The team used what is known as chalcopyrite (or CIG) - a substance composed of a mixture of copper, two rare earth elements indium and gallium, and also selenium.

The CIG compound has a higher solar efficiency than silicon, that is currently used to make solar panels. The compound can be applied as a special ink using a common inkjet printer module to generate a thin film.

So far, the team has been able to make solar cells with an efficiency of 5% and this can be increased to about 12% or more with further research. This process is much cheaper than conventional methods for making solar cells using silicon crystals, and there is no waste.

CIGS is already used to produce solar cells but the manufacturing methods are complex, expensive and require high-tech machines and processes involving expensive vacuum systems and toxic chemicals.

While these cells have efficiencies of 15-18%, the cells made using ink-jet processes could be much cheaper, and this more than offsets the lower efficiency (5-12%).

© janderson99-HubPages

Project Design and Manufacturing Triangle
Project Design and Manufacturing Triangle
Solar Design and Manufacturing Triangle
Solar Design and Manufacturing Triangle

Good, Cheap, Efficient - Choose Two

This concept is a version of the conventional Project Triangle concept used in engineering and project management - Fast, Good and Cheap, - where you can only pick two of the options.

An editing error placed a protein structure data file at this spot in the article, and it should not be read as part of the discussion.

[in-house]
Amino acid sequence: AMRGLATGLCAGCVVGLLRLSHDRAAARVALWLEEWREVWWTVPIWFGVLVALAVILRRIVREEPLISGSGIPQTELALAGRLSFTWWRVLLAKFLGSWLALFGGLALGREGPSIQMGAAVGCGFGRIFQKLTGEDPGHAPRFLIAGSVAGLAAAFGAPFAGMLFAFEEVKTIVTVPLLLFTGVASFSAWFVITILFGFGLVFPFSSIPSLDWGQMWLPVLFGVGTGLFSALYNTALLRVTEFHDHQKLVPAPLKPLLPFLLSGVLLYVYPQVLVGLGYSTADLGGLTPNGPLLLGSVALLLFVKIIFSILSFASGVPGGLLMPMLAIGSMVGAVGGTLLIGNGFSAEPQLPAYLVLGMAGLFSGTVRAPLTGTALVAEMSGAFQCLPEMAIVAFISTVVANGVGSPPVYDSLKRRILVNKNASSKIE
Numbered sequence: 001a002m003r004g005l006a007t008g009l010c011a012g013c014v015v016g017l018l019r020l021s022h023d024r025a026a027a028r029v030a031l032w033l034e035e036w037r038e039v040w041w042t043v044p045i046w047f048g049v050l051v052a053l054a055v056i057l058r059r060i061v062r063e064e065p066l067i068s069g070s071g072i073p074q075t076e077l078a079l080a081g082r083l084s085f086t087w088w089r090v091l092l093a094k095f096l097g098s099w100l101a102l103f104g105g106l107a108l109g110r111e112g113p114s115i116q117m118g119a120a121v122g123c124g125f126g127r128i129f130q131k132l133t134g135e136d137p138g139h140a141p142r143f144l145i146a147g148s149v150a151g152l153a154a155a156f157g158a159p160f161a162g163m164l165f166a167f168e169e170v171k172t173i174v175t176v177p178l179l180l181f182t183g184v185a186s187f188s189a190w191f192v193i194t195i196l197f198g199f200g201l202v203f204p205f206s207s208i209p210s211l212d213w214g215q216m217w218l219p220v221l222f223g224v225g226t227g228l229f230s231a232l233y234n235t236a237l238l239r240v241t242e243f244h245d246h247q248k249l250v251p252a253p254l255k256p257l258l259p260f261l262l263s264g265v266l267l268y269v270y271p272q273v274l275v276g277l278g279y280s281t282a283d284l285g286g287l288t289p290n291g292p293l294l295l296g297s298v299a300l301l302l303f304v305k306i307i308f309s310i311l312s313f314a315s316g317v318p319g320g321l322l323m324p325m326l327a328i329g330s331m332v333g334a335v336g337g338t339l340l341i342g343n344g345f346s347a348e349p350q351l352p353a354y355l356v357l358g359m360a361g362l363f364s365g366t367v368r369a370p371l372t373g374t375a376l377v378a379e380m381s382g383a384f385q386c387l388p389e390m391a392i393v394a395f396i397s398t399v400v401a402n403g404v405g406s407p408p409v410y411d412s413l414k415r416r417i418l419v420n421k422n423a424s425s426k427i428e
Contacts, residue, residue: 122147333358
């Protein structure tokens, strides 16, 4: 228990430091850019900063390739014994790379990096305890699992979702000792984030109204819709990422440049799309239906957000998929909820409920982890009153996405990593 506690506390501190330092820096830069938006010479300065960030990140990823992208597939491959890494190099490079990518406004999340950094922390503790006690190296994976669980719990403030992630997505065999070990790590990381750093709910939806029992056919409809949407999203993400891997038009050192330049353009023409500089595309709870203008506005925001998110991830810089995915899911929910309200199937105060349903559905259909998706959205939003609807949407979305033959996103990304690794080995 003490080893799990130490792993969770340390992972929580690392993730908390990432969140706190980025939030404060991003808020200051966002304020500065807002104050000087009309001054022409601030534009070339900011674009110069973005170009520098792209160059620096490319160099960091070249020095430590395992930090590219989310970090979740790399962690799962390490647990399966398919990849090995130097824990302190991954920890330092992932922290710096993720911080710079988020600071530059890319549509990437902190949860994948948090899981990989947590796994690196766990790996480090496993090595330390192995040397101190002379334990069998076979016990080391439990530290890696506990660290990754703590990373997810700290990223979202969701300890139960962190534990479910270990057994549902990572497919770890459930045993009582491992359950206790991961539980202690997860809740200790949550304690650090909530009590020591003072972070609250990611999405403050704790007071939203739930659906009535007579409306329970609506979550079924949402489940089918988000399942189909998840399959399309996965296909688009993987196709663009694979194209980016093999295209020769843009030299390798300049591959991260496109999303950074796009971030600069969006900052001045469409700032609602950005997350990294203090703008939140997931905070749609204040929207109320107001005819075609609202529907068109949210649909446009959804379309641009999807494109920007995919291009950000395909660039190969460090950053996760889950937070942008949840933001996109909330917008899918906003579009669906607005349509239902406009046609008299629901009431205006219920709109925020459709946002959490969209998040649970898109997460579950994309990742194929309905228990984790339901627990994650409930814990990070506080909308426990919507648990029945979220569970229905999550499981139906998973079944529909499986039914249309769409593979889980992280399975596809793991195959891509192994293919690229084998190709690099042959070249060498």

• Fast relates to the time taken to make the product,
  • Good is the products quality, and
  • Cheap is the cost of building and also designing the product.

The triangle concept stresses that all three properties are interrelated. It is impossible to optimise all three simultaneously as one will always have an negative affect on the other:.

  • A fast design to a very high standard - will not be cheap.
  • A fast cheap design - will not be of high quality.
  • A high quality design optimised for low cost - will take a long time to develop.


For solar cells the three terms are Good, Cheap, Efficient.

Much of the conventional research has been focused on making solar cells more and more efficient.

The best silicon based cells that we put on house roofs have an efficiency of 20 - 25%.

But the manufacturing costs and materials costs of these cells are very high.

When space is limited you want the cells to be as efficient as possible.


This also means that you want to place the cells in an ideal location in relation to the suns orientation and perhaps install tacking devices.

Because the cells are so expensive you need work hard at making them as efficient as possible.

However the new approaches sacrifice efficiency for reduced cost.

It you can coat an entire roof or the entire outer surface of a building with a solar film or coating very cheaply then the sheer size counteracts for the low efficiency.

Solar paints, films and coatings are about to become a reality and will foster in an era when solar power generation will be common place and a part of everyday life.

© janderson99-HubPages

© 2011 Dr. John Anderson